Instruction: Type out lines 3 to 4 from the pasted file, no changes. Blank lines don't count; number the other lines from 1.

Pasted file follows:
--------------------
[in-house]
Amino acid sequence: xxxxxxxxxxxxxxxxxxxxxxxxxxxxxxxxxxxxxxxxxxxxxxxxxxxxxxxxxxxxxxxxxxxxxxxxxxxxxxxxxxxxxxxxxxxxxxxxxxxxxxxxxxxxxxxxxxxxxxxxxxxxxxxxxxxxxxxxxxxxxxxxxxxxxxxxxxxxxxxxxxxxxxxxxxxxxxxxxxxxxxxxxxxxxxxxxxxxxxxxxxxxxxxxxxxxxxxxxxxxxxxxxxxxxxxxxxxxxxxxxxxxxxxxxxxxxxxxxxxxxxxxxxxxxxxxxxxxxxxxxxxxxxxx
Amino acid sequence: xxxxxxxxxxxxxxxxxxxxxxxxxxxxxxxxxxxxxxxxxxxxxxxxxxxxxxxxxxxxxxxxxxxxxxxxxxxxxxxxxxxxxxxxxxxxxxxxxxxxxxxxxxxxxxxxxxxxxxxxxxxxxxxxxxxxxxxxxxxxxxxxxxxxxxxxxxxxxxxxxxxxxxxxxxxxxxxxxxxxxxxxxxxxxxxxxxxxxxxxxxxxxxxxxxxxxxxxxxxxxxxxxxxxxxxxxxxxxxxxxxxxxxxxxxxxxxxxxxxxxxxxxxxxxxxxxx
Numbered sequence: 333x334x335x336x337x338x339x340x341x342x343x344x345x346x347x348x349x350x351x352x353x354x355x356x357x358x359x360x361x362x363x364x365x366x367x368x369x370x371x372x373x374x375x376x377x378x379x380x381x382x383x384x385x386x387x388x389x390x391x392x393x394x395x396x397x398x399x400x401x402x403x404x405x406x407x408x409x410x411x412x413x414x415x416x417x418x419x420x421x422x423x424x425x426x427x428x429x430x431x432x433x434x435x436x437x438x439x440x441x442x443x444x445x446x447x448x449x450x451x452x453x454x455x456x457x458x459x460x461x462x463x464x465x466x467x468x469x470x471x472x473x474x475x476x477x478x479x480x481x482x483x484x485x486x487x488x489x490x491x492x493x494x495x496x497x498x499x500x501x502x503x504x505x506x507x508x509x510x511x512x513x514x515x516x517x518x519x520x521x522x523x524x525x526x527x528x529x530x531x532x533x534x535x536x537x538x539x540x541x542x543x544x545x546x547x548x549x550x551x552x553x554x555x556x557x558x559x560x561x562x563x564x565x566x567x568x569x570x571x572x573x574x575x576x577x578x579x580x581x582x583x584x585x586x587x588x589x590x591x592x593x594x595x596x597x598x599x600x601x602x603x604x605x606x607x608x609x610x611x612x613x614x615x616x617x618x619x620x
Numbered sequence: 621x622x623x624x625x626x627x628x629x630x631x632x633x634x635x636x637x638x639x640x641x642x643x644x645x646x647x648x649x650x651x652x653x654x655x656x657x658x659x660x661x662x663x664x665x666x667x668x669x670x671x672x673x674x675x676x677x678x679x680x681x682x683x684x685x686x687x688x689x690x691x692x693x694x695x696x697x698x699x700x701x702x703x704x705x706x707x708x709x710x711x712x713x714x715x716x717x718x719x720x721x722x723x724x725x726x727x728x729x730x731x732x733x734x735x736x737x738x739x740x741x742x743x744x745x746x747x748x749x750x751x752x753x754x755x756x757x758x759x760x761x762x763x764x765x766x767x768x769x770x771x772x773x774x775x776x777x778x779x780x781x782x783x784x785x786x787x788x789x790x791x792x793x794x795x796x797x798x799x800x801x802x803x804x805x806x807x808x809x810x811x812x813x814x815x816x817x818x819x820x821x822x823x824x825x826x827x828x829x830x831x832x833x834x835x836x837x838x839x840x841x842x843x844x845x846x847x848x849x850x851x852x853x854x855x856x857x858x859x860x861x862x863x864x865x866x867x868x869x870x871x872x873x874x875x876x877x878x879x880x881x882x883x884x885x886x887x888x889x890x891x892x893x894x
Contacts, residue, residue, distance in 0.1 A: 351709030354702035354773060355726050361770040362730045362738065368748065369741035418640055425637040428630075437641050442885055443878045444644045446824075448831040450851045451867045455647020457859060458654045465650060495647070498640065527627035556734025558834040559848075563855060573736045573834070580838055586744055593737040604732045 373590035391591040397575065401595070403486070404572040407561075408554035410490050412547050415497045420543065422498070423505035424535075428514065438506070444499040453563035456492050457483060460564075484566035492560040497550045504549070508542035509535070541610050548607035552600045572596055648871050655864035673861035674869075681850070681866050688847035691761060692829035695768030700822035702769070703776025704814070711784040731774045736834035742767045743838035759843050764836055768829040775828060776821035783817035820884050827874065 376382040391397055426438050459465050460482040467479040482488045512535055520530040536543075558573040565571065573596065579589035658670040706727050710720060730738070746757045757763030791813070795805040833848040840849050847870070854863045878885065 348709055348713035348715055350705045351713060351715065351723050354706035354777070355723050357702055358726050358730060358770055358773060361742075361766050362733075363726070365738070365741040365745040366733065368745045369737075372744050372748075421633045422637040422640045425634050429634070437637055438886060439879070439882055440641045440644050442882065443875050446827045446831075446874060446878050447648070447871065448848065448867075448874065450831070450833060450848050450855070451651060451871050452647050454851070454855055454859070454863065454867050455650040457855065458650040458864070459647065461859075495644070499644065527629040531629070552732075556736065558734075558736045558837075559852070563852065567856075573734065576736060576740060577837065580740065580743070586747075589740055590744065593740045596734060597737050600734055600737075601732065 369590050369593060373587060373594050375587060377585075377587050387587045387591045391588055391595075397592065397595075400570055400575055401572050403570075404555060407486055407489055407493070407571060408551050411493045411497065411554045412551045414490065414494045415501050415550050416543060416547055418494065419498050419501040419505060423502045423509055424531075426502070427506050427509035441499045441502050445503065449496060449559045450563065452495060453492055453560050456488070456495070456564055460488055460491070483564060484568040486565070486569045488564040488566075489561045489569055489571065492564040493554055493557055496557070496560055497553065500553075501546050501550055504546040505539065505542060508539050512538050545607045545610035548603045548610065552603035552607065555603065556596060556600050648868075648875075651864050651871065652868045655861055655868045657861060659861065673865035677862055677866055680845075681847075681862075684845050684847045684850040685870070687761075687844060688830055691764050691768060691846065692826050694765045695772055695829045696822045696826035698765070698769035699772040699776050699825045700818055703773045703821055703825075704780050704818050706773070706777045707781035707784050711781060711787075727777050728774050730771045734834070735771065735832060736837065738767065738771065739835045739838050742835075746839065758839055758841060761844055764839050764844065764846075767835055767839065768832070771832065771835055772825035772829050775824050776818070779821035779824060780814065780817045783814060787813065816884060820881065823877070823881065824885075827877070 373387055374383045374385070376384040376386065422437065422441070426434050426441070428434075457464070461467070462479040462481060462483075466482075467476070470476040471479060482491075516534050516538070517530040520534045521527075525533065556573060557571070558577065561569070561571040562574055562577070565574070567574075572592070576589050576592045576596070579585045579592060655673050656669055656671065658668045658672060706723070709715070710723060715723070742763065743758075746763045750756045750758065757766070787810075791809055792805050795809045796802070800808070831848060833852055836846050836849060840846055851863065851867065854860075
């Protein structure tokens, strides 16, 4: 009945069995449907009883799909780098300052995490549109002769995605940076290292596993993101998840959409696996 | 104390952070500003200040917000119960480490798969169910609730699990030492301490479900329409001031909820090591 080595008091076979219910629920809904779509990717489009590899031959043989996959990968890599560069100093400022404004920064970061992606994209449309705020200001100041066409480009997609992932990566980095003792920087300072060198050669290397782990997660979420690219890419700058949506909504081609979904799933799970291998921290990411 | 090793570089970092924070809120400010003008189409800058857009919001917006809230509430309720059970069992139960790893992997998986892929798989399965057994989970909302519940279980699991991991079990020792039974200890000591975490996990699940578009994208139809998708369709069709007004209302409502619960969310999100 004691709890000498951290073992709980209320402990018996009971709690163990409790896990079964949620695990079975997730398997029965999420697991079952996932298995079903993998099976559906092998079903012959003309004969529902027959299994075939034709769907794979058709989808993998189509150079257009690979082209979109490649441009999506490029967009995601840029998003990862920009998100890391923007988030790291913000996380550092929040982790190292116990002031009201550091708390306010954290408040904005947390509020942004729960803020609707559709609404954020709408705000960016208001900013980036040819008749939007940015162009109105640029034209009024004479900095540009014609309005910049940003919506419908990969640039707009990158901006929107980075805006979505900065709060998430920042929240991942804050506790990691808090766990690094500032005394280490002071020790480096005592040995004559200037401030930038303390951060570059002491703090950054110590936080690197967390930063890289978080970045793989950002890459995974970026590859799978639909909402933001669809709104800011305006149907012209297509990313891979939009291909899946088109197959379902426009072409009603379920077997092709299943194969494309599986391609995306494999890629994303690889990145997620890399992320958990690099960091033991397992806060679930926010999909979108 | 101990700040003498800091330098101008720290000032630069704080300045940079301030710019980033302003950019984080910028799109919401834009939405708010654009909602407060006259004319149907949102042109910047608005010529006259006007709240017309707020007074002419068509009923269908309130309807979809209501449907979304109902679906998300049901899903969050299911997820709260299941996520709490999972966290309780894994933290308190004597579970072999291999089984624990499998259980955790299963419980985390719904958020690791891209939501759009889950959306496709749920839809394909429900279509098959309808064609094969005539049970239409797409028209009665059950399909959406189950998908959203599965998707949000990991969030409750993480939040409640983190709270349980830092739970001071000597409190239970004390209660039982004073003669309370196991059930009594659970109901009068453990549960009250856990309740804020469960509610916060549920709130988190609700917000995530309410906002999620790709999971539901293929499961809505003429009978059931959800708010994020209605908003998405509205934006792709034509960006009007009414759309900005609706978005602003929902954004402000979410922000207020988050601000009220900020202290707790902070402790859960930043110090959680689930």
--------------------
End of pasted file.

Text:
Amino acid sequence: xxxxxxxxxxxxxxxxxxxxxxxxxxxxxxxxxxxxxxxxxxxxxxxxxxxxxxxxxxxxxxxxxxxxxxxxxxxxxxxxxxxxxxxxxxxxxxxxxxxxxxxxxxxxxxxxxxxxxxxxxxxxxxxxxxxxxxxxxxxxxxxxxxxxxxxxxxxxxxxxxxxxxxxxxxxxxxxxxxxxxxxxxxxxxxxxxxxxxxxxxxxxxxxxxxxxxxxxxxxxxxxxxxxxxxxxxxxxxxxxxxxxxxxxxxxxxxxxxxxxxxxxxxxxxxxxxx
Numbered sequence: 333x334x335x336x337x338x339x340x341x342x343x344x345x346x347x348x349x350x351x352x353x354x355x356x357x358x359x360x361x362x363x364x365x366x367x368x369x370x371x372x373x374x375x376x377x378x379x380x381x382x383x384x385x386x387x388x389x390x391x392x393x394x395x396x397x398x399x400x401x402x403x404x405x406x407x408x409x410x411x412x413x414x415x416x417x418x419x420x421x422x423x424x425x426x427x428x429x430x431x432x433x434x435x436x437x438x439x440x441x442x443x444x445x446x447x448x449x450x451x452x453x454x455x456x457x458x459x460x461x462x463x464x465x466x467x468x469x470x471x472x473x474x475x476x477x478x479x480x481x482x483x484x485x486x487x488x489x490x491x492x493x494x495x496x497x498x499x500x501x502x503x504x505x506x507x508x509x510x511x512x513x514x515x516x517x518x519x520x521x522x523x524x525x526x527x528x529x530x531x532x533x534x535x536x537x538x539x540x541x542x543x544x545x546x547x548x549x550x551x552x553x554x555x556x557x558x559x560x561x562x563x564x565x566x567x568x569x570x571x572x573x574x575x576x577x578x579x580x581x582x583x584x585x586x587x588x589x590x591x592x593x594x595x596x597x598x599x600x601x602x603x604x605x606x607x608x609x610x611x612x613x614x615x616x617x618x619x620x